The Cubs grounds crew was short staffed because the Cubs were trying to avoid Obamacare

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This story keeps on giving.

Yesterday when the Cubs defended their grounds crew’s efforts during Tuesday night’s debacle against the Giants, the team noted that they had sent home many of the grounds crew workers earlier in the day. They made it sound as if it were standard operating procedure to do so. But the Chicago Sun-Times reports that there was a bit more to the team’s staffing decisions:

The staffing issues that hamstrung the grounds crew Tuesday during a mad dash with the tarp under a sudden rainstorm were created in part by a wide-ranging reorganization last winter of game-day personnel, job descriptions and work limits designed to keep the seasonal workers – including much of the grounds crew – under 130 hours per month, according to numerous sources with direct knowledge.

That’s the full-time worker definition under “Obamacare,” which requires employer-provided healthcare benefits for “big businesses” such as a major league team.

The Sun-Times article quotes anonymous officials from other teams which characterize the Cubs’ move in this regard as “cheap” and short-sighted.

Take this for what it’s worth, but the Cubs were deemed baseball’s most profitable team in 2013 and its owners are well-known partisan Republicans with a decidedly anti-Obama tilt. If there’s a team which is going to go out of its way to avoid having to pay Obamacare benefits, it’s not shocking that the Cubs are that team. Whether you think that’s a good thing or a bad thing likely depends on your political persuasion, of course.

Whether other teams have done this is unknown. Whether even twice as many grounds crew members could’ve fixed the problem in time on Tuesday is also unknown, as once a tarp is laden with water, it’s impossible for almost any number of people to move it. The head count — as opposed to the manner in which the tarp was rolled and unrolled — may have been irrelevant.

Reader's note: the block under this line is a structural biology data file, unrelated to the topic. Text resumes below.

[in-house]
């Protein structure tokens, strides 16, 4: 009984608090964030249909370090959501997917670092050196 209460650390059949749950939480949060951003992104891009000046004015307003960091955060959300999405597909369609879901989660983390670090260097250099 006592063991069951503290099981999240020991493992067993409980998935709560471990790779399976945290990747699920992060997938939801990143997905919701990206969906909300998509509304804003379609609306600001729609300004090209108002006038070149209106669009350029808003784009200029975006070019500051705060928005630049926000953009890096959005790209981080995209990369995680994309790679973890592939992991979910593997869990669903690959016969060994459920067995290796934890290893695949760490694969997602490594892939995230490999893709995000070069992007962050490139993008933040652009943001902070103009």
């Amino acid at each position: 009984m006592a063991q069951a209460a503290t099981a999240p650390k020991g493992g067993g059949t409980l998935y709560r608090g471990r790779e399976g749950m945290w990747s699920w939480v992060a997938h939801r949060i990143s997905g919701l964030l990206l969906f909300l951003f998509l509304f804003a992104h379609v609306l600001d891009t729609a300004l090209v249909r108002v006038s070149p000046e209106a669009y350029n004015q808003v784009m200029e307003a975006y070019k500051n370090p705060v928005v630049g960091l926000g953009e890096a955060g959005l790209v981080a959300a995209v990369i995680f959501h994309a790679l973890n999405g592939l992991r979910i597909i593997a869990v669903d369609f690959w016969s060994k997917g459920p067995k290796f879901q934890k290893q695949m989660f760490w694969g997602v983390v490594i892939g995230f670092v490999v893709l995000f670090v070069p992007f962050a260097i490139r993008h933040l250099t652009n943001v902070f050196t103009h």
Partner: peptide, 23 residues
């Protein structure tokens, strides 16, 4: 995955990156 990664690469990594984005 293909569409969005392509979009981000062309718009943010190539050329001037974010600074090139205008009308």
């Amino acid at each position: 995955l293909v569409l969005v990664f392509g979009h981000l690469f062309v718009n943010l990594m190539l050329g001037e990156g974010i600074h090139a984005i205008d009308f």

Of course, I am curious what those readers who have been on my case for pointing out that mistakes were made on Tuesday — readers who accused me of picking on poor blue collar workers in all of this — feel about a team cutting hours in order to not have to pay worker benefits.

Report: Nationals to interview Alex Cora for managerial position

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Nick Cafardo of the Boston Globe reports that the Nationals will ask to speak with Astros’ bench coach Alex Cora after the American League Championship Series concludes on Saturday. This comes on the heels of the news that club manager Dusty Baker will not be returning to the team in 2018.

Cora, 42, has some experience in the Nationals’ organization. He played for the Nats during his last big league stint in 2011, batting .224/.287/.276 through 91 games before announcing his retirement in the spring of 2012. Per Cafardo, he was also offered a player development gig with the club, but has not appeared in any kind of official role with them since his days as a major league infielder. While he’s been lauded for his leadership skills and strong clubhouse presence, he hasn’t acquired any managerial experience since his retirement, save for a handful of games with the Astros where he filled in for A.J. Hinch.

Despite the appeal of having a familiar face in the dugout, the Nationals aren’t the only ones eyeing Cora. The Astros’ coach has already interviewed with the Tigers, Mets and Red Sox this month. Boston appears to be the current favorite to land him and according to at least one source, may even announce his hiring in advance of the World Series next Tuesday.